I’ve just come across a survey, comparing what employees want and what employers think they want.
Here is what employees said, starting with what’s most important to them:
1. Full appreciation for work done
2. Feeling “in” on things
3. Sympathetic help on personal problems
4. Job security
5. Good wages
6. Interesting work
7. Promotion/growth opportunities
8. Personal loyalty to workers
9. Good working conditions
10. Tactful discipline
Sounds about right, doesn’t it?
Now take a look at what managers think employees want, starting with the highest value:
1. Good wages
2. Job security
3. Promotion/growth opportunities
4. Good working conditions
5. Interesting work
6. Personal loyalty to workers
7. Tactful discipline
8. Full appreciation for work done
9. Sympathetic help with personal problems
10. Feeling “in” on things
The discrepancy in findings is shocking, isn’t it? What’s even more astonishing is that the survey came out in 1946(!) in Foreman Facts from the Labor Relations Institute of New York and was produced again by Lawrence Lindahl in Personnel magazine in 1949.
These studies have been replicated with similar results by Ken Kovach in 1980, Valerie Wilson, Achievers International in 1988, Bob Nelson, Blanchard Training & Development in 1991, Sheryl and Don Grimme, GHR Training Solutions in 1997-2001.
The survey reveals a decided lack of empathy on the part of managers, especially in relation to intangible rewards, such as appreciation, 'being in the loop’ and personal sympathy. Good wages are not what’s motivating performance.
What about incentive pay? Bonuses, share and option schemes and earn-outs are popular and prevalent mechanisms among young and established companies to motivate their top talent. As an economist, I fully approve of incentivising executive roles with performance-related pay, designed to align the interests of managers with those of the company’s shareholders. It, therefore, came as a surprise to come across a Ted talk by career analyst Dan Pink, who questioned whether performance incentives work in creative industries.
Pink talked about the so-called candle problem, created in 1945 by a psychologist Karl Duncker.
In his experiment Duncker gave people a candle, some pins and a box of matches and asked to fix a candle to a cork board wall, so that it does not drip to the table below. In this classic experiment participants usually try to fix a candle to a wall with a pin (which does not work), melt the wax and then fix the candle (does not work either), before finally realising that a box holding matches can be fixed to a wall with a pin and a candle can be put inside so it does not drip.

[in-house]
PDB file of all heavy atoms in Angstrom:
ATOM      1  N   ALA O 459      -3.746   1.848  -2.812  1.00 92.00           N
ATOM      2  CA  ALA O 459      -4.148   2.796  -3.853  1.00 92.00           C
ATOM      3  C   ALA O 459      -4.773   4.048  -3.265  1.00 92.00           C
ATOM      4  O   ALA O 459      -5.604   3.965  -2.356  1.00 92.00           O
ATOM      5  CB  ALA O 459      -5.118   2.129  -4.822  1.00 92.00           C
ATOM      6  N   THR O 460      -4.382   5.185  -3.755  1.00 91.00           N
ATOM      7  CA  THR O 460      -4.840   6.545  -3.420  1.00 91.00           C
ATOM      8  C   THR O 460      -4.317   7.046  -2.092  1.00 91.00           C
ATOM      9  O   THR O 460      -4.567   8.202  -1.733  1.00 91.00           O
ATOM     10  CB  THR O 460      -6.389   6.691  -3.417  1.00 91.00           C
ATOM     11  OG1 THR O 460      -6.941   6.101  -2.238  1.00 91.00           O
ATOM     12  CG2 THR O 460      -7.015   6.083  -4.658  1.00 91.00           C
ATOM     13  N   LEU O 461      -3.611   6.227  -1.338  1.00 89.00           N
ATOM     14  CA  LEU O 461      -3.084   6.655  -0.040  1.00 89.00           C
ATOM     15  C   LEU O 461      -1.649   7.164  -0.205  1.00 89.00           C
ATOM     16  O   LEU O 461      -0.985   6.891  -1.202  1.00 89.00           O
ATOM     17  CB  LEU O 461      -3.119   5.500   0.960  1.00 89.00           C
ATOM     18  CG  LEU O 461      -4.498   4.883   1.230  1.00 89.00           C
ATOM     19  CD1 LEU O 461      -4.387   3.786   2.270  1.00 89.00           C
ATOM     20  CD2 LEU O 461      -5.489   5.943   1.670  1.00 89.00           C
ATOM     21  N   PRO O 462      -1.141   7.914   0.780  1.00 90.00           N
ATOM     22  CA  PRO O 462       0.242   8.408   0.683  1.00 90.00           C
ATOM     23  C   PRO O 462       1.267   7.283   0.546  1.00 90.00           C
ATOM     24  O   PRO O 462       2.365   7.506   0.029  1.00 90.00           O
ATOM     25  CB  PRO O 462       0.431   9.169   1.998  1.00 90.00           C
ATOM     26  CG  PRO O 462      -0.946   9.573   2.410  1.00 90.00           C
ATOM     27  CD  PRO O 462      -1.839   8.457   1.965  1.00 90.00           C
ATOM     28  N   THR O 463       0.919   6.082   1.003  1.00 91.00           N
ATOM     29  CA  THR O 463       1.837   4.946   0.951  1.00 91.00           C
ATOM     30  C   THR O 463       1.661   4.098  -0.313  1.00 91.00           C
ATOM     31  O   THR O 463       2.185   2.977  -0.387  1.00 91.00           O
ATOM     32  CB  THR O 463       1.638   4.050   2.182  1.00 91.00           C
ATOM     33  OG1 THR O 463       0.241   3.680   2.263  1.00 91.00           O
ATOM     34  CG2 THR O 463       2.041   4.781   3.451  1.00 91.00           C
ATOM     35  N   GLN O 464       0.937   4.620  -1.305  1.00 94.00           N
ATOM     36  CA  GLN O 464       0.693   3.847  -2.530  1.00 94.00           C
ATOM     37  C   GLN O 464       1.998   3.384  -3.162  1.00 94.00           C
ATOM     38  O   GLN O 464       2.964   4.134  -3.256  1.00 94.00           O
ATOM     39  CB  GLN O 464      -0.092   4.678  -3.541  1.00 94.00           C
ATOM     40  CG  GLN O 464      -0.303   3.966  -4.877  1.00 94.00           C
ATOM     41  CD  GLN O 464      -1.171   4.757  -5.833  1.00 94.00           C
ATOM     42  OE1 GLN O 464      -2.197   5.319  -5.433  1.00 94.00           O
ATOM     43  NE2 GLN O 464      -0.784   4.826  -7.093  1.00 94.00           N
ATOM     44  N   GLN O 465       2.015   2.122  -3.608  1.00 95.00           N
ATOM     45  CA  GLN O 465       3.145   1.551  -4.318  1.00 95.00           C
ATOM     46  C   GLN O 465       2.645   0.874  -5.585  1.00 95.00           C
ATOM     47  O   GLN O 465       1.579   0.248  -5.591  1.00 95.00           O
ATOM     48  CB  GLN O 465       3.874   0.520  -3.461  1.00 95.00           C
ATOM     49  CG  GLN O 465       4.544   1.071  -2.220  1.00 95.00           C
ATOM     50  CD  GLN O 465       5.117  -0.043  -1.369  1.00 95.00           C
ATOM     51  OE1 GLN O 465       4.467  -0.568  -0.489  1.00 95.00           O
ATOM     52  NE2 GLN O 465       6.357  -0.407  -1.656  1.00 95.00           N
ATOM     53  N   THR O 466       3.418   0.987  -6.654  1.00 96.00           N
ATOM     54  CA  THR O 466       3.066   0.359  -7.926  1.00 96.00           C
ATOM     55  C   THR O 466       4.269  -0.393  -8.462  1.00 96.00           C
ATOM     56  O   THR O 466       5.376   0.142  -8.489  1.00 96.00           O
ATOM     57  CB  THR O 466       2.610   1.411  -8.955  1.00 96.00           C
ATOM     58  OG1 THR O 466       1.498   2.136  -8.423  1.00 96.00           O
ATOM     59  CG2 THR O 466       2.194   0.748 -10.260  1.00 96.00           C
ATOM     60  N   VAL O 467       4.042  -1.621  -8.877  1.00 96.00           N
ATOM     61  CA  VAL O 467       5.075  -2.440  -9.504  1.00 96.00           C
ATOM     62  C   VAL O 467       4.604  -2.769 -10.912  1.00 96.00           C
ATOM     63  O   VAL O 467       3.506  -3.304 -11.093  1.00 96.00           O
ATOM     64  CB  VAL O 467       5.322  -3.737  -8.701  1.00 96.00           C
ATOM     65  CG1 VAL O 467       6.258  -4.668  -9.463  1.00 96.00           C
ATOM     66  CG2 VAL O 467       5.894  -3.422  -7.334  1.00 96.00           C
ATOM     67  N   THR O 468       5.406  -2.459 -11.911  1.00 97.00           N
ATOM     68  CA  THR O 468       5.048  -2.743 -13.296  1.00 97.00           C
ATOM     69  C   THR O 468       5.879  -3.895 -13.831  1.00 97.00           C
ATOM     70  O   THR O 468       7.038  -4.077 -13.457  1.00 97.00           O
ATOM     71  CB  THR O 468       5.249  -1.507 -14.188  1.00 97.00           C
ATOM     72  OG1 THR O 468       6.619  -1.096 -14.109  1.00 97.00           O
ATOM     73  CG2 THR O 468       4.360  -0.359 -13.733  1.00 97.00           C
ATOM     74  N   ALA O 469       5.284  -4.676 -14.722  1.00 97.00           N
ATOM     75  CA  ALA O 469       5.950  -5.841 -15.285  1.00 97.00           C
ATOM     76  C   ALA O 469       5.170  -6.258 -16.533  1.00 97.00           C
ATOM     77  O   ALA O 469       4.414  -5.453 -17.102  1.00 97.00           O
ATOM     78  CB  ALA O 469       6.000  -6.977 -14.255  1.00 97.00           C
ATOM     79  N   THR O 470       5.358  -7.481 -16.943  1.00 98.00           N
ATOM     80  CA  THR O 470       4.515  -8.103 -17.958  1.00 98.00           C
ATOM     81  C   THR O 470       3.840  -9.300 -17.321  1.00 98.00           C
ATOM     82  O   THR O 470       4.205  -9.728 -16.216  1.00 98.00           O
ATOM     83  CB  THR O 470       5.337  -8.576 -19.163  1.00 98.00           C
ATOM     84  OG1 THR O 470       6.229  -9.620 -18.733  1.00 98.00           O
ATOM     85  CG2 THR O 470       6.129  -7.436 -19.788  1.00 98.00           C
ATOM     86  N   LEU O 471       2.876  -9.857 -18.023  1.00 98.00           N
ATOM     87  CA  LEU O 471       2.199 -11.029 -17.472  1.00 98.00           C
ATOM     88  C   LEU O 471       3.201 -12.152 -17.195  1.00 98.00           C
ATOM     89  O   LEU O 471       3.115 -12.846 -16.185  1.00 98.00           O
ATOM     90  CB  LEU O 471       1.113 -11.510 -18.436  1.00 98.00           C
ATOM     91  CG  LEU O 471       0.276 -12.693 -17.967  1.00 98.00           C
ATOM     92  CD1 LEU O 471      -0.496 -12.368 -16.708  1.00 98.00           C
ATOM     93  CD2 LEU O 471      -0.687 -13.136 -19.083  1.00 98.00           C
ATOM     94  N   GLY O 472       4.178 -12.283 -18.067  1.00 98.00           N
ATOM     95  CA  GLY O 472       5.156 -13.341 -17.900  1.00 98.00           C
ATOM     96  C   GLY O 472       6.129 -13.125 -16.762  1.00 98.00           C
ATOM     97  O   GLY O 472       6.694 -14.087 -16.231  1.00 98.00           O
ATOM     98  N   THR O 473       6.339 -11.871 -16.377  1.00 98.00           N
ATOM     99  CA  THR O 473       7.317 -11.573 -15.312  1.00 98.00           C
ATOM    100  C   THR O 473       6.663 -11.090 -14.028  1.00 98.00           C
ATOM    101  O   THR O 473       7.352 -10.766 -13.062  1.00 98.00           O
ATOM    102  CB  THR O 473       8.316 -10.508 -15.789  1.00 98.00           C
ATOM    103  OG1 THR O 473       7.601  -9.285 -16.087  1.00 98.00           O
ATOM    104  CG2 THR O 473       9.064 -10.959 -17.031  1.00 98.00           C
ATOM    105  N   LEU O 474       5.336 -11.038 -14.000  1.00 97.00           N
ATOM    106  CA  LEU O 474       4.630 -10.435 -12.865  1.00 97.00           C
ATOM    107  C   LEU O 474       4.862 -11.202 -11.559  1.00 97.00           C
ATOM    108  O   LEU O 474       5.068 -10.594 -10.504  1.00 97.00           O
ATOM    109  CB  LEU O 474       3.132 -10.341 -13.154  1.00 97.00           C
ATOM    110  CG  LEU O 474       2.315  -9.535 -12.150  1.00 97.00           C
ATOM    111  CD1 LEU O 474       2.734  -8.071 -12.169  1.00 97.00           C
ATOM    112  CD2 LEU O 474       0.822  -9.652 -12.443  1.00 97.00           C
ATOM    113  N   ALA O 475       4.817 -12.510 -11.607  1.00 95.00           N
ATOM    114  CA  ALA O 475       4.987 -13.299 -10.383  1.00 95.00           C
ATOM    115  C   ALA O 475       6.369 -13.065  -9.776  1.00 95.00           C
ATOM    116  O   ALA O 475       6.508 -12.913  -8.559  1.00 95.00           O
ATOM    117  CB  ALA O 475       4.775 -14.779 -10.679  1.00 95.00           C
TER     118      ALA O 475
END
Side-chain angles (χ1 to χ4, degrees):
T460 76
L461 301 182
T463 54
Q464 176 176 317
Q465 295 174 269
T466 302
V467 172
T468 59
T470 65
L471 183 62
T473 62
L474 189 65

What’s interesting is that later on Sam Glucksberg, a scientist at Princeton University, repeated the experiment with two groups. In one group participants were offered a monetary reward, if they can solve the problem quicker than an average participant. No reward was offered to another group. Participants, offered a dangling carrot, arrived at the solution on average 3 1/2 minutes later, than those, who weren’t given a monetary incentive.
How about that?
It turns out that rewards work really well for tasks with a simple set of rules and a clear destination to go to. Rewards, by their very nature, narrow focus and concentrate the mind, which is why they work in so many cases. If the goal is clear, zoom in and go for it.
However, with creative tasks a clear incentive to come up with a new television format or to invent a new product, a ‘carrot’ does the opposite: it dulls thinking and dampens creativity. There is no clear solution to creating something new or innovative. Instead of focussing, a creative executive must look around, imagine broad possibilities, think ‘outside the box’.
Having worked in television, it is surprisingly enlightening to consider performance incentives traditionally put in place by production companies in a different light, inspired by Pink’s Ted talk. Pink argues that intrinsic motivation, autonomy, mastery and purpose are the real drivers of performance in creative fields.
It makes sense, especially in the context of entrepreneurs, who are autonomously motivated to get their ideas to succeed. Such conclusion is not, however, straightforward for a senior executive planning new hires or working on a new incentive plan. You can’t very well welcome a new executive with a contract, promising “a sense of purpose”, upon joining your company. Still, it’s apparent that effective compensation in creative fields must rely less on bonuses and earn-outs and instead deliver creative freedom, autonomy and permission to take risks via a comfortable flat salary and non-financial perks.
Do you work in creative industry? What do you think about my conclusions? Jot your thoughts below.